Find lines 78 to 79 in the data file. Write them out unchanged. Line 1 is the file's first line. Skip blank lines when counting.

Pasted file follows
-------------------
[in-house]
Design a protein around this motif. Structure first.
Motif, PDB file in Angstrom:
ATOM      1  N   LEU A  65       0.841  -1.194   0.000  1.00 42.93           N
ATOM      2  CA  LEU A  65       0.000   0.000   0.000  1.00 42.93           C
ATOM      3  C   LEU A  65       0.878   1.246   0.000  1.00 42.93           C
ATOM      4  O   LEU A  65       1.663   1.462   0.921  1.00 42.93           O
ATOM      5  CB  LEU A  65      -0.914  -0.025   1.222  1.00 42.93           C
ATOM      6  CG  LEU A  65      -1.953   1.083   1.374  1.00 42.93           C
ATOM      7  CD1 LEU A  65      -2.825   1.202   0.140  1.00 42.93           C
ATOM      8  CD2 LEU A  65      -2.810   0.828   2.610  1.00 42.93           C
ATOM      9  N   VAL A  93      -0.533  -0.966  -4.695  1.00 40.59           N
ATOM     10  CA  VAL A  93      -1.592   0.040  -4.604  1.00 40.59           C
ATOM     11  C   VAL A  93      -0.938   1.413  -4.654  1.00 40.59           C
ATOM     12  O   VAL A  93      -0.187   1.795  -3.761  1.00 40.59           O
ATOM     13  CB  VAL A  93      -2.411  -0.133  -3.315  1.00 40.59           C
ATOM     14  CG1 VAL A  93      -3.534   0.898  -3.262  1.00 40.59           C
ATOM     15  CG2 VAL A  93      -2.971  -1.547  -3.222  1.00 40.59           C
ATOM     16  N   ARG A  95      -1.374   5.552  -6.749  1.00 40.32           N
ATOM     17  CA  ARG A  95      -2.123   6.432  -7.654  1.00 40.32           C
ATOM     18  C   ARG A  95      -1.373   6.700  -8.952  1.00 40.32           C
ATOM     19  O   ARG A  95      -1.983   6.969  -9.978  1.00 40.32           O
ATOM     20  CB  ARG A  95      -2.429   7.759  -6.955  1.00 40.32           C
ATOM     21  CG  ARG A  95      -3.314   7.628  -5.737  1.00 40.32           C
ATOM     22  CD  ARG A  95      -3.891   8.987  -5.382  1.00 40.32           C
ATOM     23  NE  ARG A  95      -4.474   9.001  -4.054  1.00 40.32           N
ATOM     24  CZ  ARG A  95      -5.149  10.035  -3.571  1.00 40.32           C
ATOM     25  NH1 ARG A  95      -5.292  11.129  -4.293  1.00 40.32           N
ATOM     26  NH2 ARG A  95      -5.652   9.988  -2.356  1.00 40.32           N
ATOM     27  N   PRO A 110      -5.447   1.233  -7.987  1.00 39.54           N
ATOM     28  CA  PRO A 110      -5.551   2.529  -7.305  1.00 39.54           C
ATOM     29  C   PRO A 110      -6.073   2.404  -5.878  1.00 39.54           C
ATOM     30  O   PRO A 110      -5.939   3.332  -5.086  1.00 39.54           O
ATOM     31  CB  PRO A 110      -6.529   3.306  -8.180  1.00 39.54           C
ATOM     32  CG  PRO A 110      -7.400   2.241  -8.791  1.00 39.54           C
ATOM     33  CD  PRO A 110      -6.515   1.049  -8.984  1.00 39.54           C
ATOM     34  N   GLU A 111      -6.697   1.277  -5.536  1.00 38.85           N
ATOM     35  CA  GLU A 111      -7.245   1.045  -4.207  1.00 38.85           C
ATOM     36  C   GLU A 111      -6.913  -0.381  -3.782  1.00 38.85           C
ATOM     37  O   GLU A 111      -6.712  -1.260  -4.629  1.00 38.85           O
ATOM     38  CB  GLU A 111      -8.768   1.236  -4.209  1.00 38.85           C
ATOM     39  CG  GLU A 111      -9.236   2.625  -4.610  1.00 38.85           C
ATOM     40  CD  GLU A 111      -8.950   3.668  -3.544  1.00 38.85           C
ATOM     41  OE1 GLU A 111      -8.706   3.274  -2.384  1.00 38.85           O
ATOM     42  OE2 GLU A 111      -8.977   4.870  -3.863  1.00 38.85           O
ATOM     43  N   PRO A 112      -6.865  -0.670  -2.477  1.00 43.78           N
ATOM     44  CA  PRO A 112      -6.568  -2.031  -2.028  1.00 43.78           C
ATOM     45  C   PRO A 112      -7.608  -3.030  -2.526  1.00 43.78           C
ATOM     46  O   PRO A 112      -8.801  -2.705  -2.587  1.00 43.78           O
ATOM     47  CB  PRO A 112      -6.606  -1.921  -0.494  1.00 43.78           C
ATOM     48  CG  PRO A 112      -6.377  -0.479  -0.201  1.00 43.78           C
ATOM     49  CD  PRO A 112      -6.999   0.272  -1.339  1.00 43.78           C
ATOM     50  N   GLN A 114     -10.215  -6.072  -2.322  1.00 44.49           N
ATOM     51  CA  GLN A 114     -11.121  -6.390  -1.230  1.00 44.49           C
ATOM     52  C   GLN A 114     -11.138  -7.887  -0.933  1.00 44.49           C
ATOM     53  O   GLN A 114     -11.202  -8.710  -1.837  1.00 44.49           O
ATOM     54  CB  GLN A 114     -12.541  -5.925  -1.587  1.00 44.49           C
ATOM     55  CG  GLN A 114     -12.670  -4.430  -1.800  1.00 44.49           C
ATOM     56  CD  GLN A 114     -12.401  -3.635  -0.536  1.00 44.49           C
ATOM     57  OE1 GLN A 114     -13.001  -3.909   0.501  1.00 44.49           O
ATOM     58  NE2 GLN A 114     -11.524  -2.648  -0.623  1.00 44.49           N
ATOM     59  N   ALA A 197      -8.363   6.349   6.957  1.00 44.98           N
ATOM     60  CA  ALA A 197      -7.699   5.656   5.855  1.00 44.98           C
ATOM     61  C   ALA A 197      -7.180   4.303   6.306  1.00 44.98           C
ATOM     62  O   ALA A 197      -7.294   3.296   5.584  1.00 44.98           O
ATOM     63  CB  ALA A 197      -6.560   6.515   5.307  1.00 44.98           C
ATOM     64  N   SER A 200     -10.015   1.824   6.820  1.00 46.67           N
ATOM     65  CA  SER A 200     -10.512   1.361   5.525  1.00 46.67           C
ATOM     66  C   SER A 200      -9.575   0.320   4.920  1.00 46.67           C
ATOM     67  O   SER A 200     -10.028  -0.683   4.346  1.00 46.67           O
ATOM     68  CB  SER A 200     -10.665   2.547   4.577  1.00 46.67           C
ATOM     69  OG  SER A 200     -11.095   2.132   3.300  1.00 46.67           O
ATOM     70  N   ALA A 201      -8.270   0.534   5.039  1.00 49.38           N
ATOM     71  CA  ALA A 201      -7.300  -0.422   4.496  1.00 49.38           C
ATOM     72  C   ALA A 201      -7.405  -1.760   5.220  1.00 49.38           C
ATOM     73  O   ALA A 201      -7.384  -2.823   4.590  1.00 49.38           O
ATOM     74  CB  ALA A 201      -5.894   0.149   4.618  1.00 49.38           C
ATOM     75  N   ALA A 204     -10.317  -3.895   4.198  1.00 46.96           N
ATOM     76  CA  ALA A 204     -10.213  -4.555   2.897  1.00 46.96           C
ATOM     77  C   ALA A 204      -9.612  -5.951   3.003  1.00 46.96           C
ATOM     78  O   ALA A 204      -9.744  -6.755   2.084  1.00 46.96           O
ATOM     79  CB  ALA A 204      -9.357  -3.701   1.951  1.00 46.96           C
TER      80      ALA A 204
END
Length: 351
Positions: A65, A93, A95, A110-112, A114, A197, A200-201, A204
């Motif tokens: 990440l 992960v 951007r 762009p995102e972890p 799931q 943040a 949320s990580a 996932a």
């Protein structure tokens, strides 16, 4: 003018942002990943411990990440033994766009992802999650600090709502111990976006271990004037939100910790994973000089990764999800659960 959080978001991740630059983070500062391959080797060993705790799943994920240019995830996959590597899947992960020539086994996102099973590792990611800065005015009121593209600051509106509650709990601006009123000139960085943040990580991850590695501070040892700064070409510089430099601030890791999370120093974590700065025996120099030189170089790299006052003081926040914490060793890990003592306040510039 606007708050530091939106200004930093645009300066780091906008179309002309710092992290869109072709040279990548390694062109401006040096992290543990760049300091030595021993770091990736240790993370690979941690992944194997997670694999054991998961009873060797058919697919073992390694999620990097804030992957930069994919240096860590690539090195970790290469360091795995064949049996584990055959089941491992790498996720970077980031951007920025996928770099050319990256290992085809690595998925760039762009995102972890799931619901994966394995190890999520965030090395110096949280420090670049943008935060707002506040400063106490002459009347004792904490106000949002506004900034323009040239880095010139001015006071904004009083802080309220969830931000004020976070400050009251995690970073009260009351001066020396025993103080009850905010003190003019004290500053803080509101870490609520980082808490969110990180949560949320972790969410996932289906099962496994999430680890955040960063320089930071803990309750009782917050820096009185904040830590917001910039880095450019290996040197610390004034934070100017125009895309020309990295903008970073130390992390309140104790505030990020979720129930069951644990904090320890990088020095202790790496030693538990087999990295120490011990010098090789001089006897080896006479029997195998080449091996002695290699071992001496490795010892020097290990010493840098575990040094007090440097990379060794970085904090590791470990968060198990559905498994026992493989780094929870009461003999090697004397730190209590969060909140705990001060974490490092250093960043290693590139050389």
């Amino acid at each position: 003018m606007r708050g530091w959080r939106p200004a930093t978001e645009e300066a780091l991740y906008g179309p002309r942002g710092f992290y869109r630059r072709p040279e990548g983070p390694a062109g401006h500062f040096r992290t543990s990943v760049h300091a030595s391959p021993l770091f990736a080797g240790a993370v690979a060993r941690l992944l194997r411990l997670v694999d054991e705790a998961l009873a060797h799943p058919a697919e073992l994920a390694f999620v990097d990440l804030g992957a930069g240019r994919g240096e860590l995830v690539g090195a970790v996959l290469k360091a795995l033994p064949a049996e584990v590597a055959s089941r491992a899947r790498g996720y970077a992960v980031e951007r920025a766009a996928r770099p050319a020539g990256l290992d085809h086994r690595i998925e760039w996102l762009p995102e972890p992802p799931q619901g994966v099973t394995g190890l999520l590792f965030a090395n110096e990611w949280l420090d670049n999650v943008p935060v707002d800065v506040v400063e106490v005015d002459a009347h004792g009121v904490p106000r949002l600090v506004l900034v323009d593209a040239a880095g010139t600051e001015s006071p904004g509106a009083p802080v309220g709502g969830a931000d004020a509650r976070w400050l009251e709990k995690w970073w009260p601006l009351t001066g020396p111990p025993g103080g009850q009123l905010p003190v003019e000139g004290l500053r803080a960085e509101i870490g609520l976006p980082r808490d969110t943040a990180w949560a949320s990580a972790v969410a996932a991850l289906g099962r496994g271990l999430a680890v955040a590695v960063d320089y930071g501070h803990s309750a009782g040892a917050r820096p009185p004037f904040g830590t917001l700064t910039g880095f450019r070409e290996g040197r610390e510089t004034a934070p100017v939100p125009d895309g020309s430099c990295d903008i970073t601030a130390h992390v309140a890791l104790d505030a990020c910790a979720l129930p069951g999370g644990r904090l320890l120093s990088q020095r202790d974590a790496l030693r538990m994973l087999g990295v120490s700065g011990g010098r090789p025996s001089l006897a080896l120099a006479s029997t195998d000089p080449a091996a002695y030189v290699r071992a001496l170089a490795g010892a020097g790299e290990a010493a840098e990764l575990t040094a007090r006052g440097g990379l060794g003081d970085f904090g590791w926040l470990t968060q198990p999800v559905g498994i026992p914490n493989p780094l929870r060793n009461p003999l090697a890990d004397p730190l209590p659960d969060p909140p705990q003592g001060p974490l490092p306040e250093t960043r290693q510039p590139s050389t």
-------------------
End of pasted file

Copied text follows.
ATOM     75  N   ALA A 204     -10.317  -3.895   4.198  1.00 46.96           N
ATOM     76  CA  ALA A 204     -10.213  -4.555   2.897  1.00 46.96           C